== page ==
Statue of Queen Anne

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English Heritage

Publication

Author

Montague H. Cox (editor)

Year published

1926

Supporting documents

Page

122

Citation Show another format:

'Statue of Queen Anne', Survey of London: volume 10: St. Margaret, Westminster, part I: Queen Anne’s Gate area (1926), pp. 122. URL: http://www.british-history.ac.uk/report.aspx?compid=67624 Date accessed: 29 August 2014.


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LIV.—STATUE OF QUEEN ANNE

The stone statue of Queen Anne (Plate 111) which now stands against the return flank wall of No. 15 Queen Anne's Gate, seems to have stood originally in the middle of the east side of Queen Square. (fn. 1) Its origin is obscure, but from the facts (i) that the owners of the different houses in the square had a joint interest in the statue (see p. 104), and (ii) that it was already in position in 1708, (fn. 2) it may fairly be assumed that it was included in the original lay-out of the square. The name of the sculptor is not known.

The figure represents the Queen standing, with the left foot slightly advanced and the head inclined to one side. A small crown rests lightly on the head, and the hair falls down in curls to the shoulders, while a necklace supplies a touch of feminine adornment. The dress is cut low on the shoulders, with the corsage affixed with jewels, displaying the lines of the waist, and the basque is scalloped. The half-sleeves are festooned and have ruffles and lace frills, leaving the lower parts of the arms bare. The skirt is richly brocaded, the folds being cleverly shown, and is finished with a frilled hem. From the shoulders is suspended the mantle, lined with ermine and brought forward in draped folds, while the cordons are knotted in front and depend from the waist with tassels. The Queen is represented as wearing the Collar and George of the Order of the Garter, with the Star attached to the left breast, and carrying the Orb and Sceptre. (fn. 3) The workmanship is most skilful, and the statue forms an interesting record of the state robes and regalia worn at that time. It stands on a high bow-fronted pedestal, which is ornamented at the sides with foliated scrolls in profile resting on the spread of the moulded plinth and finished with a moulded table course. On the upper portion of the die is inscribed "ANNA REGINA."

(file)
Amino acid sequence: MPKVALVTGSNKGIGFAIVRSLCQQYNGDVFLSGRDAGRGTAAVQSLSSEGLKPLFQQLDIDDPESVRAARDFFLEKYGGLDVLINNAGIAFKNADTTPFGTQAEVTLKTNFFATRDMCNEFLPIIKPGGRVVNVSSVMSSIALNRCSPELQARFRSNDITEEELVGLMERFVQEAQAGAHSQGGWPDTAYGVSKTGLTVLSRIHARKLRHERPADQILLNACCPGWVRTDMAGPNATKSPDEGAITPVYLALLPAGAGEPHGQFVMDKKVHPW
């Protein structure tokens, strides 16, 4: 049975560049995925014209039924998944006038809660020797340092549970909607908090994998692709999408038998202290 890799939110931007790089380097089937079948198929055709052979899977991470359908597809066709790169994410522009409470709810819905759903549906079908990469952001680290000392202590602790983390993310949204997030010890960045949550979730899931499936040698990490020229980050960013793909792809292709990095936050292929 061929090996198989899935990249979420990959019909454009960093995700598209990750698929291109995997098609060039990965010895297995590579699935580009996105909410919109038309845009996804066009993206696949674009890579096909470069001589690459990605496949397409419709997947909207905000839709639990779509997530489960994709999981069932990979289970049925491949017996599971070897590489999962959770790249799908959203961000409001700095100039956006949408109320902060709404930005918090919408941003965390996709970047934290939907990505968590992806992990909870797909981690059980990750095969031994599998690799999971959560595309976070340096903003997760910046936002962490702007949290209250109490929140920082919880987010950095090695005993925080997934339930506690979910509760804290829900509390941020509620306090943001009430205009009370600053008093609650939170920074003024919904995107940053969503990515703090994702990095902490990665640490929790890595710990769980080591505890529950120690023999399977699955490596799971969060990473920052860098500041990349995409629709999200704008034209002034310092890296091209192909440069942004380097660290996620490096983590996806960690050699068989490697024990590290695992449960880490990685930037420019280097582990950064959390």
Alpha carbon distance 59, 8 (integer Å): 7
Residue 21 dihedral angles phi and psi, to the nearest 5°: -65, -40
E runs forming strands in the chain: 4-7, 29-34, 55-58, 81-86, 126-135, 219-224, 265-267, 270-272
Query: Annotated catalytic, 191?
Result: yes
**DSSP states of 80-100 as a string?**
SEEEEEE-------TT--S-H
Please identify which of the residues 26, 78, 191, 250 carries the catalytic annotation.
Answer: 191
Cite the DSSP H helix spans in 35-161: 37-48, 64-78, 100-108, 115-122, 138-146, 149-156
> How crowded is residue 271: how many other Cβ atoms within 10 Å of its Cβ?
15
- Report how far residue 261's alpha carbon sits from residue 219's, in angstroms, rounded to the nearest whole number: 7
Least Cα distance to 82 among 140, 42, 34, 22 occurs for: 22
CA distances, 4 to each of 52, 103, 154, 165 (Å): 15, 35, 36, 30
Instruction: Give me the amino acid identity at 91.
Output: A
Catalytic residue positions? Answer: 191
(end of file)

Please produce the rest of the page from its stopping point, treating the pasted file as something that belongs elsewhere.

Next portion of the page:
The back of the statue has been left quite rough, and has no connection with the brickwork in its present situation. The statue is now under the charge of H.M. Office of Works. (fn. 4)

In the Council's Collection are:—

(fn. 5) Statue of Queen Anne (photograph).

"A beautiful statue of Queen Anne in Queen Square, Westminster," 1830 (pencil drawing, by T. H. Shepherd).

Footnotes

1 It is shown in that position in Kip's View (Plate 77), and a writer in 1814 states that it "until of late occupied a conspicuous situation on the east side of the square, but now we find it huddled up in a corner." (Gentleman's Magazine, 1814, p. 238.)
2 Hatton's New View of London.
3 The writer in the Gentleman's Magazine above referred to states that the Sceptre was "lately destroyed."
4 When taken over it was in a very dilapidated condition. The children of the locality were accustomed in their play to call upon the statue by the name of "Bloody Queen Mary" to descend from its pedestal, and on receiving no response to assail it with missiles. (Return of Outdoor Memorials in London, pp. 8–9.) There is another statue of the Queen in front of St. Paul's, a copy of that by Francis Bird erected in 1712 to commemorate the completion of the cathedral. The features and costume are somewhat different from those of the statue in Queen Anne's Gate.
5 Reproduced here.